Response.Write (dr[dc] +”





posted on Monday, August 11, 2003 3:54:28 PM (Eastern Daylight Time, UTC-04:00)  #    Comments [4] Trackback


That was my triathlon time today! I am very happy. Teammate Andy Catlin got out of the water a few seconds before me (we both were at 15 minutes) and we had a hard transition (lots of rocks, and the bikes were far from the water). The bike was brutal (55 minutes). Almost all uphill, about 75% of the bike was uphill.  We had a 4 mile downhill at one point that was so super steep hill-I hit 47 miles per hour! That is almost as fast as a car… Transition from bike to run was not that bad. The run was hard, but ok, about 25-26 minutes. Andy finished about 5 minutes behind me, way to go dude…

posted on Monday, August 11, 2003 2:19:29 AM (Eastern Daylight Time, UTC-04:00)  #    Comments [0] Trackback
# Saturday, August 9, 2003

Radio Uninstalled

Radio is completely off my machine. This is good since it was slow and clunky.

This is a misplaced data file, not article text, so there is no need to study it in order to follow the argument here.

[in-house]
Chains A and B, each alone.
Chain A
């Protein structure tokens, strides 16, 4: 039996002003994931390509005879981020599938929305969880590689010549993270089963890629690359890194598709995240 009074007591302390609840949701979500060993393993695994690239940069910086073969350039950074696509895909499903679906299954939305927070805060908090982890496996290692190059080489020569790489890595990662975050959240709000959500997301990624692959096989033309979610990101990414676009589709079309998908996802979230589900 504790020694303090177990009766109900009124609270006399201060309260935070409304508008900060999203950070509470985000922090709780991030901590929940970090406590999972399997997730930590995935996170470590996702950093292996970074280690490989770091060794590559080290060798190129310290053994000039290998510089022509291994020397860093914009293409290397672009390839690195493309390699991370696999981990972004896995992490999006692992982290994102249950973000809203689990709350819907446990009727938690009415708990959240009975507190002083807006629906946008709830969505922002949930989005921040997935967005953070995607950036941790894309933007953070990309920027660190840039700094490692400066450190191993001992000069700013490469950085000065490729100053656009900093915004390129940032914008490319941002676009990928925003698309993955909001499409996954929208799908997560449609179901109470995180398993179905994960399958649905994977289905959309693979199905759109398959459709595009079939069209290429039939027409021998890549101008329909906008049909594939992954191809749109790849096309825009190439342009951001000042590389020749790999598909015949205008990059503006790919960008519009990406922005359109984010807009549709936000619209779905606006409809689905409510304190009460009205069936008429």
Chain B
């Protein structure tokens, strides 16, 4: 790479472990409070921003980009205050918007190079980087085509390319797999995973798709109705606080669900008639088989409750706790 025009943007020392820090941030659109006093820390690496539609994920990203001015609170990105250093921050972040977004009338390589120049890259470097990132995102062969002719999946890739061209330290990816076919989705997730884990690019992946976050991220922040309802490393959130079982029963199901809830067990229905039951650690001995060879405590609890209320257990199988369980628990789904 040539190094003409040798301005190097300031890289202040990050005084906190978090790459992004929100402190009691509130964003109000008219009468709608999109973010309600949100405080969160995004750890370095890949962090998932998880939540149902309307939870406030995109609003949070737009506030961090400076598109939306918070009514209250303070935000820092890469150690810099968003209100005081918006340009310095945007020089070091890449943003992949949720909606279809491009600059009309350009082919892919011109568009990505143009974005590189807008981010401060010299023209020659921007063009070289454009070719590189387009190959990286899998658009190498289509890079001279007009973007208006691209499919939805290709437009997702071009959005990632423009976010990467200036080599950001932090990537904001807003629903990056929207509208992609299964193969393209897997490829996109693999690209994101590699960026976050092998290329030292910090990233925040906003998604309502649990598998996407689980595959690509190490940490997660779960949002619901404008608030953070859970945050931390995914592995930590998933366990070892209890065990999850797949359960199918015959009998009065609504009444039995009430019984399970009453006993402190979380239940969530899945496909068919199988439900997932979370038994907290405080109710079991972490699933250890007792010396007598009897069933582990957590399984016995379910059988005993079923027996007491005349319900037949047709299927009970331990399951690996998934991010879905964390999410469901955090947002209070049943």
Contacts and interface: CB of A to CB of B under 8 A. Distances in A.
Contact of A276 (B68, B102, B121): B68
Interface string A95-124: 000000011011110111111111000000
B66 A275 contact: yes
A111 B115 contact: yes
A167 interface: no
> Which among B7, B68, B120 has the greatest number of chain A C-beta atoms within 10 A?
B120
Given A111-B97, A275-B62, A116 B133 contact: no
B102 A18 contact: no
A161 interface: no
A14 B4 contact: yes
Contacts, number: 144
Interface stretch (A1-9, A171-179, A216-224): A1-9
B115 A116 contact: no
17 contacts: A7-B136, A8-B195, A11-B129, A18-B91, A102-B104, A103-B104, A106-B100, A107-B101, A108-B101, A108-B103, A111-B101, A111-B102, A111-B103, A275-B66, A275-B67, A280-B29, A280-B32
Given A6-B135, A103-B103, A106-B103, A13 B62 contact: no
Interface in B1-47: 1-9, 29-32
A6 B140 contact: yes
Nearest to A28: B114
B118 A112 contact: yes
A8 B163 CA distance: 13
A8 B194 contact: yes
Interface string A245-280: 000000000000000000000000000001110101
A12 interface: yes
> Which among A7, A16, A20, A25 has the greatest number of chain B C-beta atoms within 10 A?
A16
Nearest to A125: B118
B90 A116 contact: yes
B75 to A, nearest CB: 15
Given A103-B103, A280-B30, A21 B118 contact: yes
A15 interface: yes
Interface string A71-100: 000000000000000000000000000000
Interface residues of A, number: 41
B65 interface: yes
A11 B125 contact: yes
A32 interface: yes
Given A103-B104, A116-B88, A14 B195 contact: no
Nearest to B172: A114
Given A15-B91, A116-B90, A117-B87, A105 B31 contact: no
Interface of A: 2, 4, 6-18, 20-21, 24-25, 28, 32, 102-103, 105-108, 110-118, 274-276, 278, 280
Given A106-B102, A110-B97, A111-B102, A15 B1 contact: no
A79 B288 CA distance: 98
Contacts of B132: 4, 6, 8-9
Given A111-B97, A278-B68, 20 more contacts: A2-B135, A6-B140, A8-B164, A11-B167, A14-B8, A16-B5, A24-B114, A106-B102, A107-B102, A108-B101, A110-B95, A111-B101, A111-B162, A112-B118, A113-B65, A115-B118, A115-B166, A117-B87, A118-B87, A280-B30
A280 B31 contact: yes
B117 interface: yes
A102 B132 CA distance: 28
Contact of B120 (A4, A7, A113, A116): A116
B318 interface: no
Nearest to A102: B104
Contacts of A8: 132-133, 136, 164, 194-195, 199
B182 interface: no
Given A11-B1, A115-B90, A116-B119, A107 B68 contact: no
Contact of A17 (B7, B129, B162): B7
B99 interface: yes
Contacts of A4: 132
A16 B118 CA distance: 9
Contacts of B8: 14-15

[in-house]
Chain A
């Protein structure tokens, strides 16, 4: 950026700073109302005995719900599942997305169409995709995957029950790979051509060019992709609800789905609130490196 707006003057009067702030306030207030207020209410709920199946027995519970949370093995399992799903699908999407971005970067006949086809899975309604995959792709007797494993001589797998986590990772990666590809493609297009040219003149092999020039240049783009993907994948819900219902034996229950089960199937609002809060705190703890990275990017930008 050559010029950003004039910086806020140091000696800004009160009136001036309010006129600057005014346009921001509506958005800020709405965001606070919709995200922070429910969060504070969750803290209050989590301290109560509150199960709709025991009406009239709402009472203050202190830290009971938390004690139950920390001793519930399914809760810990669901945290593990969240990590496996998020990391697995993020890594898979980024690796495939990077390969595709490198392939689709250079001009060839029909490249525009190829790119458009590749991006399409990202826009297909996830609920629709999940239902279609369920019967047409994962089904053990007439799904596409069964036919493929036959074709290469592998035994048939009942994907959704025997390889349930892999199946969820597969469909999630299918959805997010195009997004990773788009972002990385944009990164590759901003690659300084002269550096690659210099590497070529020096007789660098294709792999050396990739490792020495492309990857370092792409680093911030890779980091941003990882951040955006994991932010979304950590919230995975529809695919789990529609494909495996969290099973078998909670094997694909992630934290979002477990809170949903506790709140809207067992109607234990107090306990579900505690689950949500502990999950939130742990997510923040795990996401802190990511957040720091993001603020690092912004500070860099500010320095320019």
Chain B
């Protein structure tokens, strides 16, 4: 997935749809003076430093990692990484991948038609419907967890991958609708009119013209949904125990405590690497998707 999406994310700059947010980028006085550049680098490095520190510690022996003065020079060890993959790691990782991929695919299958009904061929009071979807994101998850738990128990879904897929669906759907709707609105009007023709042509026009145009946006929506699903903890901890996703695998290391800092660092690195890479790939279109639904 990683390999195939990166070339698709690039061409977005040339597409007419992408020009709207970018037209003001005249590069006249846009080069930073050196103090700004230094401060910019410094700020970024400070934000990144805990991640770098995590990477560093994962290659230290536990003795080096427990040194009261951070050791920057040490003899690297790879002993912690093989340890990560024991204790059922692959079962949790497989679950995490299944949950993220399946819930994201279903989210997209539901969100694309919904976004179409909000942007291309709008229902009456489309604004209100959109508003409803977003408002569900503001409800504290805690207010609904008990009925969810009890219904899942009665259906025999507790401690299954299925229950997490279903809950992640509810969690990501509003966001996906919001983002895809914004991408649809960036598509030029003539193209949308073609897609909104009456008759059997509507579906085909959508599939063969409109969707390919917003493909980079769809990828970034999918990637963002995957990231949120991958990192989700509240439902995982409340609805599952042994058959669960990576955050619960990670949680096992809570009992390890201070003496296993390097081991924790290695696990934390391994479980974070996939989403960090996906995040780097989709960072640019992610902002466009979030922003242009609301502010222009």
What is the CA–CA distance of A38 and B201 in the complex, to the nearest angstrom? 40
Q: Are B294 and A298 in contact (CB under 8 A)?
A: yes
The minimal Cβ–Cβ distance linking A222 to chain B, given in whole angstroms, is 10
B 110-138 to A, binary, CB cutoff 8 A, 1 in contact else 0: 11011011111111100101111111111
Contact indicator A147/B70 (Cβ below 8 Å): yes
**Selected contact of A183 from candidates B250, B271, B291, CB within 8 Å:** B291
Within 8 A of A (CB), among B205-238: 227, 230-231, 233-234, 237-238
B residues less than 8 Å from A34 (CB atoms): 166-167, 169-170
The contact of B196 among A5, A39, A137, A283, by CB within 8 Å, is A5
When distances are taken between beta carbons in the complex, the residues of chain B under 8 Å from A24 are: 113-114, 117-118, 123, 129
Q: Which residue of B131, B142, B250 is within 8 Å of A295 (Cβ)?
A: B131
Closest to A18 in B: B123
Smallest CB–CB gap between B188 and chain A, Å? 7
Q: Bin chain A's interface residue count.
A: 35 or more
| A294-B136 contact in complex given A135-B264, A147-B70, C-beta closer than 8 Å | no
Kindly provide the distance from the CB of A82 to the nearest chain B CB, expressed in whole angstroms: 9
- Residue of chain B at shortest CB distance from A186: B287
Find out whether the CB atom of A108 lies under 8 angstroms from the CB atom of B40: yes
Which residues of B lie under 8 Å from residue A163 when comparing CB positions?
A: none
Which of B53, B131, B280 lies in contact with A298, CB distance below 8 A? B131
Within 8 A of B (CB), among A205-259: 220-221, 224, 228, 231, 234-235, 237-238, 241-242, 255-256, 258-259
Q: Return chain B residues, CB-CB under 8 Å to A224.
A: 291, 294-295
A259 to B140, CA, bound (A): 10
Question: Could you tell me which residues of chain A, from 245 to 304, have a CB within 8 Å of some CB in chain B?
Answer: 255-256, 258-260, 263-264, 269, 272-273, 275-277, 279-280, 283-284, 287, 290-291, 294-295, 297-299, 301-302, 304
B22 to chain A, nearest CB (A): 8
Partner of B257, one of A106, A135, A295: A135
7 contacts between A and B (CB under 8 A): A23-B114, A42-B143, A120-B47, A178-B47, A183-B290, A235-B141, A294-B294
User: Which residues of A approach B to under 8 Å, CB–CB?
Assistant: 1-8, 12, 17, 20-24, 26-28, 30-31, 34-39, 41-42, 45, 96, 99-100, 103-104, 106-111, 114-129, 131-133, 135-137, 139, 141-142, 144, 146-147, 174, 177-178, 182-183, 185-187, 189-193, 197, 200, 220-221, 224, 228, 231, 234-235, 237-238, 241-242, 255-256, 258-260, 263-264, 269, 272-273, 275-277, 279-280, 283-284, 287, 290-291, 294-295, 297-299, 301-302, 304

This is a day of liberation for Clemens and I. We are now using our Radio subscriptions just to upstream our RSS feeds to the Userland cloud dasBlog. Very cool. So now all the folks who have not resubscribed can still see the feeds at Radio, but please please please subscribe to the new feed.

What is funny is the Clemens said he did not have enough time to document everything, but his documentation is much better than Radio's! Besides my forthcoming cache code contribution to dasBlog, I have to say that Clemens rocks the house, so buddy, I owe you a few beers when we are in KL next week speaking at Tech·Ed Malaysia.


posted on Saturday, August 9, 2003 11:17:06 PM (Eastern Daylight Time, UTC-04:00)  #    Comments [0] Trackback

Taper Day


Today I do nothing but sit at home, drink drink drink water and eat pasta. Tomorrow is the big race.

Last night I went out with some buds, including Rob Wlodarczyk who leaves for a job at the Evil Empire on Tuesday.

posted on Saturday, August 9, 2003 6:42:06 PM (Eastern Daylight Time, UTC-04:00)  #    Comments [2] Trackback